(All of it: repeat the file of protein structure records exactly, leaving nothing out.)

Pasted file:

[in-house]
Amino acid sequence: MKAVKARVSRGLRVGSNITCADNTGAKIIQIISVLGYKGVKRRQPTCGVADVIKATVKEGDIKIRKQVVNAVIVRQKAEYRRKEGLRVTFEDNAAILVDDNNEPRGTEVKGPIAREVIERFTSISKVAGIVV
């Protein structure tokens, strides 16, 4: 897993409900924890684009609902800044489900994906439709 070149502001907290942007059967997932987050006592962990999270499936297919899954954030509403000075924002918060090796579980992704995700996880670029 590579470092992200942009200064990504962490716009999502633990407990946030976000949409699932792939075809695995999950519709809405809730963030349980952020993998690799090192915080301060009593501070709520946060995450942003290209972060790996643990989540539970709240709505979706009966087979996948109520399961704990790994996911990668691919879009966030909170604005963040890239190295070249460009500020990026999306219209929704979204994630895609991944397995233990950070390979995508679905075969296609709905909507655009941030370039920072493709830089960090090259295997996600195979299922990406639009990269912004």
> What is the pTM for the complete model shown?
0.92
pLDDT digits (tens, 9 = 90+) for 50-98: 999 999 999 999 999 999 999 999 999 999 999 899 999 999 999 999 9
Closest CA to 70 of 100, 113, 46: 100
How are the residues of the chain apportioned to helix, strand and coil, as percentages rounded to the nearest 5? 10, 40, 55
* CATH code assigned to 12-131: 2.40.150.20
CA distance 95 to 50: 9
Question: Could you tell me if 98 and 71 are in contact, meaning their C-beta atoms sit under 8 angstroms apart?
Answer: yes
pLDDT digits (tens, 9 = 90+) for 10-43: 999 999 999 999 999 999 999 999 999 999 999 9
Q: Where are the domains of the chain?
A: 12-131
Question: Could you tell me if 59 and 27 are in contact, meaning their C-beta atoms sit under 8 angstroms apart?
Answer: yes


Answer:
[in-house]
Amino acid sequence: MKAVKARVSRGLRVGSNITCADNTGAKIIQIISVLGYKGVKRRQPTCGVADVIKATVKEGDIKIRKQVVNAVIVRQKAEYRRKEGLRVTFEDNAAILVDDNNEPRGTEVKGPIAREVIERFTSISKVAGIVV
């Protein structure tokens, strides 16, 4: 897993409900924890684009609902800044489900994906439709 070149502001907290942007059967997932987050006592962990999270499936297919899954954030509403000075924002918060090796579980992704995700996880670029 590579470092992200942009200064990504962490716009999502633990407990946030976000949409699932792939075809695995999950519709809405809730963030349980952020993998690799090192915080301060009593501070709520946060995450942003290209972060790996643990989540539970709240709505979706009966087979996948109520399961704990790994996911990668691919879009966030909170604005963040890239190295070249460009500020990026999306219209929704979204994630895609991944397995233990950070390979995508679905075969296609709905909507655009941030370039920072493709830089960090090259295997996600195979299922990406639009990269912004």
> What is the pTM for the complete model shown?
0.92
pLDDT digits (tens, 9 = 90+) for 50-98: 999 999 999 999 999 999 999 999 999 999 999 899 999 999 999 999 9
Closest CA to 70 of 100, 113, 46: 100
How are the residues of the chain apportioned to helix, strand and coil, as percentages rounded to the nearest 5? 10, 40, 55
* CATH code assigned to 12-131: 2.40.150.20
CA distance 95 to 50: 9
Question: Could you tell me if 98 and 71 are in contact, meaning their C-beta atoms sit under 8 angstroms apart?
Answer: yes
pLDDT digits (tens, 9 = 90+) for 10-43: 999 999 999 999 999 999 999 999 999 999 999 9
Q: Where are the domains of the chain?
A: 12-131
Question: Could you tell me if 59 and 27 are in contact, meaning their C-beta atoms sit under 8 angstroms apart?
Answer: yes